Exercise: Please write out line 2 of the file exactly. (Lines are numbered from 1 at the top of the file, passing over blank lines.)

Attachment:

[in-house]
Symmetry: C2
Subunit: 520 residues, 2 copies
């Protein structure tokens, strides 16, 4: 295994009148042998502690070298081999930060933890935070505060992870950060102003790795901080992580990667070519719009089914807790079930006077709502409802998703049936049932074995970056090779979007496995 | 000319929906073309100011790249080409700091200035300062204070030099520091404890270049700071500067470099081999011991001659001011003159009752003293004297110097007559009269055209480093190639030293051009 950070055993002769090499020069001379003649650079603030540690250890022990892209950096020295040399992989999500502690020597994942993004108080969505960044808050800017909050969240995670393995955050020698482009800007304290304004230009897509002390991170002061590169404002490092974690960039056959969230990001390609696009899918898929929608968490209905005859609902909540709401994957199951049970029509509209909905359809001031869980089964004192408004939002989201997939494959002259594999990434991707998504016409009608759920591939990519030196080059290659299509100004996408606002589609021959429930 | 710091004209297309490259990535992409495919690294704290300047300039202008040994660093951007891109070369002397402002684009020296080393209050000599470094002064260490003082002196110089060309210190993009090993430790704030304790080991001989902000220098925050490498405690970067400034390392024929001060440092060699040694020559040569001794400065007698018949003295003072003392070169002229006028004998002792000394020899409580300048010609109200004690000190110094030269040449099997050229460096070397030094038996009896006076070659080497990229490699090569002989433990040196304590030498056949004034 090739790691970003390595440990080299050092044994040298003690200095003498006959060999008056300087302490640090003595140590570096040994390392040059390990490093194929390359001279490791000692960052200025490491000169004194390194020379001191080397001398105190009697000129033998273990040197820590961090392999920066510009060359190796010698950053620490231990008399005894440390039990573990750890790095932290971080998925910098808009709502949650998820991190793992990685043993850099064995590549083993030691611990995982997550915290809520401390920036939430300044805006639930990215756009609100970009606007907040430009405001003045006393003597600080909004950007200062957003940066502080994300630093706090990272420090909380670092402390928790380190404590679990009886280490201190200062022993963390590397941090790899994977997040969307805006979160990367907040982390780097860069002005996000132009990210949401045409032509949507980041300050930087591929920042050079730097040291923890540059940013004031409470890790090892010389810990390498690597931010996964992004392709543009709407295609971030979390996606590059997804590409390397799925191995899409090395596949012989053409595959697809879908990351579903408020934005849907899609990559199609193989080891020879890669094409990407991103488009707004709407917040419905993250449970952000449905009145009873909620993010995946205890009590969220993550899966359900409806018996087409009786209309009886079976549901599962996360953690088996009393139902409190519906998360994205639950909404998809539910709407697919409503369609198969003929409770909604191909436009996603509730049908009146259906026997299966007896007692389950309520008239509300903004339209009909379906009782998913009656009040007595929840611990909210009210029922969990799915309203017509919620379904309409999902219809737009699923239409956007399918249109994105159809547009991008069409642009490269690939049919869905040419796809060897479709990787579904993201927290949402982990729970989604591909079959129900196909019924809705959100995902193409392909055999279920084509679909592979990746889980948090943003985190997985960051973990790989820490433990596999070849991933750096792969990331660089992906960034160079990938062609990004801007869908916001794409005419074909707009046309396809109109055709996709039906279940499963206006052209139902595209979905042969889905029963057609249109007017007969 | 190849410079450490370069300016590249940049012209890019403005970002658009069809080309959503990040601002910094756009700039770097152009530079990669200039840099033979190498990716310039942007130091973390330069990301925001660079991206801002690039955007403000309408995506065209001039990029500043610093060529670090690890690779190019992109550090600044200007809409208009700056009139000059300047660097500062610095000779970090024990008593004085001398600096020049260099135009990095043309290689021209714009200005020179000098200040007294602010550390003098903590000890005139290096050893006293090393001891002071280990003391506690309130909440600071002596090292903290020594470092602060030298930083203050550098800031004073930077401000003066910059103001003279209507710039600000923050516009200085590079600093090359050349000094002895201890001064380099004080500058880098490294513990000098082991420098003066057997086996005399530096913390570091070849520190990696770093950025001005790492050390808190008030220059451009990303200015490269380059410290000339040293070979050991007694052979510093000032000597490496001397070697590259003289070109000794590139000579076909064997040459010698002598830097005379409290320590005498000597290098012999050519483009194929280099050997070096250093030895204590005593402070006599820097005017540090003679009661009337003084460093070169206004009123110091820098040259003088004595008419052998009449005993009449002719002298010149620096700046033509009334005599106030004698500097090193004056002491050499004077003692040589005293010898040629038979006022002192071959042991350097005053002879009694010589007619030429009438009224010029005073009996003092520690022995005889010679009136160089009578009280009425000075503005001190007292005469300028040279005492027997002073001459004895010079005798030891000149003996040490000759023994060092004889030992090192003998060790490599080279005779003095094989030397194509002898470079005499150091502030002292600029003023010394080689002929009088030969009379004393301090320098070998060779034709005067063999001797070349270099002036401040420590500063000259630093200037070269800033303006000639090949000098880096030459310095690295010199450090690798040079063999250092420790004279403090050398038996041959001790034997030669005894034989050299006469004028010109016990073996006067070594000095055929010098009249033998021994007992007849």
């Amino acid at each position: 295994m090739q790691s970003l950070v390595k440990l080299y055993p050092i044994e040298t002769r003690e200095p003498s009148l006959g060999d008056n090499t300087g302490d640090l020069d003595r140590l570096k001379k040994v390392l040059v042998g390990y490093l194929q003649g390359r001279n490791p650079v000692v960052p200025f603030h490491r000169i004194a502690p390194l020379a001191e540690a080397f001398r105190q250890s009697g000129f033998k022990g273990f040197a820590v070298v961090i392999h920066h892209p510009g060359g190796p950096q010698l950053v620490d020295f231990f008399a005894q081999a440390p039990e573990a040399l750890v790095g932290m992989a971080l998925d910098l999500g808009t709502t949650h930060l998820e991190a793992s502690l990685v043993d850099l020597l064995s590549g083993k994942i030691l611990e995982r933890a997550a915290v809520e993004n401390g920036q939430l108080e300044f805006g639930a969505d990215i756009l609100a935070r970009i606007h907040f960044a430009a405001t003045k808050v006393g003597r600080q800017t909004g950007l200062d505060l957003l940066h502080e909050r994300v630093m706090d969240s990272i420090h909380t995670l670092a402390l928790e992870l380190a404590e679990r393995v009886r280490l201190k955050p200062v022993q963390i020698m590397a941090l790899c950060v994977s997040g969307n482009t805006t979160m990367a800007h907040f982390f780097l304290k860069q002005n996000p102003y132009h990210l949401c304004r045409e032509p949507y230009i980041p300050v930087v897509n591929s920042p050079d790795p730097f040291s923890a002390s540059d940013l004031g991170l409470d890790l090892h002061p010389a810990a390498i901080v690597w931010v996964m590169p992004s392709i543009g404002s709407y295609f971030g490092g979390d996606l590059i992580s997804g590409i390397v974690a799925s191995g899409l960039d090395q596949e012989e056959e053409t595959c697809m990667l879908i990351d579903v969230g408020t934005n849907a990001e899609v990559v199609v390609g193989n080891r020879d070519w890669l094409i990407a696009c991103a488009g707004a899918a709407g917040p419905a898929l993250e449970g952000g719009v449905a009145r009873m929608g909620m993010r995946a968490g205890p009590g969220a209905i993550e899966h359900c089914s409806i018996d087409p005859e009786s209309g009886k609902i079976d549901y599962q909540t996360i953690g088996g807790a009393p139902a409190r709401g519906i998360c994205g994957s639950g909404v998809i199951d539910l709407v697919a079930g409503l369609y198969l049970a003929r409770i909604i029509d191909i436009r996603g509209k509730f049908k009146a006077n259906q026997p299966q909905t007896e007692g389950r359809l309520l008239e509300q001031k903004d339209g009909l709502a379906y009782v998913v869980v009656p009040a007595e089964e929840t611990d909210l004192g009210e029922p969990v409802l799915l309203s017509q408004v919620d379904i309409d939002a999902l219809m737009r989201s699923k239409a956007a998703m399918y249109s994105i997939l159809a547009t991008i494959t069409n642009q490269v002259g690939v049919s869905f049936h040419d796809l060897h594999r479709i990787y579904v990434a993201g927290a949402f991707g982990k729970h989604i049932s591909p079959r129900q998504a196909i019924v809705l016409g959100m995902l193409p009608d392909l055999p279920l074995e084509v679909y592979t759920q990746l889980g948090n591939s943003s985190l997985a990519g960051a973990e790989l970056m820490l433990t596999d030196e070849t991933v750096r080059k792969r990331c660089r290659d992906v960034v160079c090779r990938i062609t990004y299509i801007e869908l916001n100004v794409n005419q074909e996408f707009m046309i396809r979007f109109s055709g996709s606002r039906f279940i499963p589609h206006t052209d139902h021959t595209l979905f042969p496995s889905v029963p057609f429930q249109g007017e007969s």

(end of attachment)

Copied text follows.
Symmetry: C2